The Industrial Revolution And The Effects Of The Industrial Revolution

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The Effects of the Industrial Revolution Prior to the industrial revolution American businesses did not have the qualities that allowed for efficiency. Making products to sell was a slow process that was too costly for the common man to purchase. The industrial revolution changed every aspect of America’s economic status as it was known, and helped to enable major changes like population shift from rural areas to urban areas, higher availability of resources, and an enormous increase of market values. Every aspect of the industrialization of the United States proved to enable more efficiency in every component of human life. Before the industrial revolution, the majority of the American populace lived in the rural setting. The economy was …show more content…
This trade secret would allow Britain to have a upper hand in trade and their markets were untouchable until the secret was leaked. The trade secret made its way to the United States of America through a man named, Samuel Slatter (Manzione, "Lecture"). Slatter was a British engineer that had developed factories for fifteen years until he fled for his life, because of an affair with a noble’s wife. When Samuel came to the United States, a businessman who sold textiles proposed if Slatter could build a factory for him, then the businessman would make Slatter rich for life. Factories were built and he was made rich. This first factory proved to be a huge change for the American economy, and allowed for lives to be changed through the increase of efficiency that the factory system brought to America. The factory system allowed for a higher amount of organization, patterning of production (assembly line), and allowed for a higher sense of security to its employees through wages. All three of these factors were a huge boost for efficiency within the American …show more content…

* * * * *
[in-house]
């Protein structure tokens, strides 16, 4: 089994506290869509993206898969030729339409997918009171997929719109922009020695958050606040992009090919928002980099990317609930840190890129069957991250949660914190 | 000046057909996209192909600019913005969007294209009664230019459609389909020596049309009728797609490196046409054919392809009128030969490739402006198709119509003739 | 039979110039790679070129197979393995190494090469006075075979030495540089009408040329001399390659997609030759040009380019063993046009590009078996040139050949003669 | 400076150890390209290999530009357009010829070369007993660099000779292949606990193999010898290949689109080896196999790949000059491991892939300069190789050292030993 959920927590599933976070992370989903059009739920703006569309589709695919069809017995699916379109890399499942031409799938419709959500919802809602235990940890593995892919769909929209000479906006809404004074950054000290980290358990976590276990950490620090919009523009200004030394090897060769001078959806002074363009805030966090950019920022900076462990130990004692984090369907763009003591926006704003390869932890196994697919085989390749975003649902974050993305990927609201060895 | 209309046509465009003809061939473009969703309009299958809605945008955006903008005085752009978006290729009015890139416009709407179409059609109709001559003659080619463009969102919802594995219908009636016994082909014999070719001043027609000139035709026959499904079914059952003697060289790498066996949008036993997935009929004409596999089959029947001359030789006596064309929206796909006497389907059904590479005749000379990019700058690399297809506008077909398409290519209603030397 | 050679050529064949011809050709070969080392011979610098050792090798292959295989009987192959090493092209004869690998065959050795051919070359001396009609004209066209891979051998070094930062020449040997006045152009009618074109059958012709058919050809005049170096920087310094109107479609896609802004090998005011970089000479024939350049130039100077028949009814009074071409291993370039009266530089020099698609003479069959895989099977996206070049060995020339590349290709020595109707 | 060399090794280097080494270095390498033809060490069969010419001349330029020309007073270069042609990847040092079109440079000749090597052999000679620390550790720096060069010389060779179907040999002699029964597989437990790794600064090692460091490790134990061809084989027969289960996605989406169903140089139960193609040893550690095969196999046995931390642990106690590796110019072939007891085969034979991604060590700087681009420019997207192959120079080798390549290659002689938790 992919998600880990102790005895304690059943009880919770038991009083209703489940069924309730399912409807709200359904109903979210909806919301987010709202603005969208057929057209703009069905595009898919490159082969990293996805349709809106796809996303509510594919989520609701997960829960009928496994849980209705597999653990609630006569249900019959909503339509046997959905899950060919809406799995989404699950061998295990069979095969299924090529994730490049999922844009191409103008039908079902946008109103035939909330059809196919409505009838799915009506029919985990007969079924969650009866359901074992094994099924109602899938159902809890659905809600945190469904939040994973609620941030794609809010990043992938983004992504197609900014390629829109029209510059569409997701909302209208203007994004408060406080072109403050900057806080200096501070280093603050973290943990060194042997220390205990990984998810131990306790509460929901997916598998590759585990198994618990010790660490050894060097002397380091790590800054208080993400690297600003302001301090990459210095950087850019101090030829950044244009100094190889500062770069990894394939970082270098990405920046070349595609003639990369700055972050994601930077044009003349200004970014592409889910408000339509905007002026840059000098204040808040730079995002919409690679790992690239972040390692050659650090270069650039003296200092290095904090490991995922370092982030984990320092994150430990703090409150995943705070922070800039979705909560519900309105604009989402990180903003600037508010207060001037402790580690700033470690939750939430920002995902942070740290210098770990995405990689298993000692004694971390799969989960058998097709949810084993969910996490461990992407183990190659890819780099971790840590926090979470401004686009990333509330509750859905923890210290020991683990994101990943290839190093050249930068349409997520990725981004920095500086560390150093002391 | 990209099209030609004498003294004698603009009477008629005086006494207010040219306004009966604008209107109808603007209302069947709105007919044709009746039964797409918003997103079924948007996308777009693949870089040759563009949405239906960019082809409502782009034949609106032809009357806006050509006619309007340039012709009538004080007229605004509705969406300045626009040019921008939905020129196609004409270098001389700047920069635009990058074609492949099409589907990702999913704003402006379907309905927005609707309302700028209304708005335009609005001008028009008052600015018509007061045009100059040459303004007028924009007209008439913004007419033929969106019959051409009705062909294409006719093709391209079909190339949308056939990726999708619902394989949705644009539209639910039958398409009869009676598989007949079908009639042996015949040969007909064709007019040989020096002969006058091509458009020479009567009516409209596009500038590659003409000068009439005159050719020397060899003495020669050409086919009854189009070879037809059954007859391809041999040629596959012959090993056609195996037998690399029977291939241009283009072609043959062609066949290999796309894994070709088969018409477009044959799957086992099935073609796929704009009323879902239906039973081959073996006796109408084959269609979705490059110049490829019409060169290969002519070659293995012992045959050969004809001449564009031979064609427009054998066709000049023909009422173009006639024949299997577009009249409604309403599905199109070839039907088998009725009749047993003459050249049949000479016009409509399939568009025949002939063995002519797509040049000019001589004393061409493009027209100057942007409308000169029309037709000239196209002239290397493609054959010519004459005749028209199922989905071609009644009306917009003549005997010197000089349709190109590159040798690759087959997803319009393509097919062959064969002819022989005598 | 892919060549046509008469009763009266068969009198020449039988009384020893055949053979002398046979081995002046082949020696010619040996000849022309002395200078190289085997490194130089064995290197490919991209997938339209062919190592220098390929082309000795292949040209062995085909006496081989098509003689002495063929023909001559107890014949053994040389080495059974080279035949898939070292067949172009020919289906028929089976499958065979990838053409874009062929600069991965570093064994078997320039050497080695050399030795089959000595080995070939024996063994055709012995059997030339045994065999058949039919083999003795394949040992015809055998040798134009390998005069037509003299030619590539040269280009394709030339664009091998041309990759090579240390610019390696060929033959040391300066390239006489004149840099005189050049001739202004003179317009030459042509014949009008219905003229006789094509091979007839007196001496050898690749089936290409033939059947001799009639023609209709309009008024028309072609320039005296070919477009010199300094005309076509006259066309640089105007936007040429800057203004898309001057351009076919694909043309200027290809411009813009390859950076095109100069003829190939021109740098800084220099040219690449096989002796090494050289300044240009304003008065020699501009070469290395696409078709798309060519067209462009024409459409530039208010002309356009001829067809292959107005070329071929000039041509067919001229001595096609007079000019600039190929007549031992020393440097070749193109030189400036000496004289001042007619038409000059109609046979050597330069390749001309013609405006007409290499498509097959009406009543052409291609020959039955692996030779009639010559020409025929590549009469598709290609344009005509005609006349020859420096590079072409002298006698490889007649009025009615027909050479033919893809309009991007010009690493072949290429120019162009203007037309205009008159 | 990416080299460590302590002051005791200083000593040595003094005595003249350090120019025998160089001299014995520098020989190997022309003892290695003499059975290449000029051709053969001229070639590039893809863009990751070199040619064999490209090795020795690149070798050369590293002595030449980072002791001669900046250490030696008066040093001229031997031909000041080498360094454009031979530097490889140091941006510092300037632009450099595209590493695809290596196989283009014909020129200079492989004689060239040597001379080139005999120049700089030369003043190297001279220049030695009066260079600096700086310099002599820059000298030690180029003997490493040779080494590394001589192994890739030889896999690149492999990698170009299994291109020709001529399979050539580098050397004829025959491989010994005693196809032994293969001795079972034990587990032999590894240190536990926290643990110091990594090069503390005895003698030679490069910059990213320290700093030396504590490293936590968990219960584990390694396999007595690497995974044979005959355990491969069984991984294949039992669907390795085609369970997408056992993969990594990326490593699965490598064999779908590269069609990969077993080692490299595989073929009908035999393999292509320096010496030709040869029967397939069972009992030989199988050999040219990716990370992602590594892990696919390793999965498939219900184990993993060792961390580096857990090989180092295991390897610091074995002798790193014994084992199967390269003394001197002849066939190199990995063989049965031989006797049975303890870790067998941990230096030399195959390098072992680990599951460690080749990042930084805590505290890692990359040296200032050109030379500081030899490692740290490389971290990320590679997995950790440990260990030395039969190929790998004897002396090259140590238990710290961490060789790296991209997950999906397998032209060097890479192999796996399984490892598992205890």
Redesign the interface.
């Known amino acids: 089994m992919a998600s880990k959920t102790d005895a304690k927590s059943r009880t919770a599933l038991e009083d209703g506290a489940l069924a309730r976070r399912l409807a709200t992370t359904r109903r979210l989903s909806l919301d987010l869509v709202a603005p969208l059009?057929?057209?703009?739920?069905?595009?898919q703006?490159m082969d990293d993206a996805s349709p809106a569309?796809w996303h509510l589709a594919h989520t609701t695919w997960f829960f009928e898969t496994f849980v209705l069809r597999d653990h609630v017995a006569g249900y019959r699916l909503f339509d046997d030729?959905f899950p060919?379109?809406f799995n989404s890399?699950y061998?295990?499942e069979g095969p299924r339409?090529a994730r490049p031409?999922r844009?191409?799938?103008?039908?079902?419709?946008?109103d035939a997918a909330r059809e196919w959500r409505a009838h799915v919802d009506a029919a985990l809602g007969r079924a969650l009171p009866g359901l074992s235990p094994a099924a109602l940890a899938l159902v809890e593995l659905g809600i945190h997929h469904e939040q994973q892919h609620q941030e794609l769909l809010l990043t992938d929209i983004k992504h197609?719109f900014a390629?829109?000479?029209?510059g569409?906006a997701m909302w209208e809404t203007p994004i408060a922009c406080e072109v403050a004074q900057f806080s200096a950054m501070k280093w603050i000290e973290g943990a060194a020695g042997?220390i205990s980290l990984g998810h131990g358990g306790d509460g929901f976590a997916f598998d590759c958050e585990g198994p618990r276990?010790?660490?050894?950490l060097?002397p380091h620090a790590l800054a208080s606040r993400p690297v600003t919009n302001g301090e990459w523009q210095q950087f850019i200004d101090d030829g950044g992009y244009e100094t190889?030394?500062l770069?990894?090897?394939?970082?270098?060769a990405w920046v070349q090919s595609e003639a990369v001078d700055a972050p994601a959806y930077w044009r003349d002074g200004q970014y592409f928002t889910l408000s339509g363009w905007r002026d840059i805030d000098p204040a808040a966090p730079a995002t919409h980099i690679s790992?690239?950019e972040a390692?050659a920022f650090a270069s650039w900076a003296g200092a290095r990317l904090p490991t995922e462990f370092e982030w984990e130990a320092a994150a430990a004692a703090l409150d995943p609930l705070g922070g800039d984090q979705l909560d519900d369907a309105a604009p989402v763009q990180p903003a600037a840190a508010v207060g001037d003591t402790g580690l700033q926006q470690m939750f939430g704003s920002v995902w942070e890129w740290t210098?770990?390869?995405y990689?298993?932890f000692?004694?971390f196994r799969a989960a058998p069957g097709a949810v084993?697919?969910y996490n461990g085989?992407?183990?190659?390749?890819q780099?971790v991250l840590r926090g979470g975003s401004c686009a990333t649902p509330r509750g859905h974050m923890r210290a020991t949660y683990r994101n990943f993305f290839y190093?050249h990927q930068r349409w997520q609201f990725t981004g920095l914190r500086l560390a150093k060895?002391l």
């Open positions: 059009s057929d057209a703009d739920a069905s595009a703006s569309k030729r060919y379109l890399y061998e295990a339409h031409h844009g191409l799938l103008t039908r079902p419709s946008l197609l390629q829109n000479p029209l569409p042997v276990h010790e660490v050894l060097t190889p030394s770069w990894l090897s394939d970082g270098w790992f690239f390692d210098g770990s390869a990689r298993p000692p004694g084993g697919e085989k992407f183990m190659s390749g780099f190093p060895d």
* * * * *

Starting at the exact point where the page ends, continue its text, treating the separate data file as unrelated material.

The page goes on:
The decrease of prices allowed for more people to buy the goods, which allowed for more money to circulate in the economy, and further stimulated immeasurable growth within American society during the 18th and 19th centuries. From the growth of the markets, there were more sales, which enabled more profits for the business owners. The profit that was gained through this allowed for more research and development; which further allowed for new technology to be developed to increase efficiency within the factory systems. Technology advances like the spinning jenny and the mechanical loom allowed for higher efficiency, but replaced human labor.
There was an increase of manufacturing products, but the goods could not be transported on land very easily until the railroad was built. Once the railroad was established goods could more efficiently get across the United States, and trade was increased from a local level to a national and global level. By 1880s’, the national economy had fully matured due to the industrial revolution (The American Yawp). Dr. Manzione in his lectures stated that, “the economy was integrated by transportation and communication and allowed large scaled transport and community networks (Manzione,

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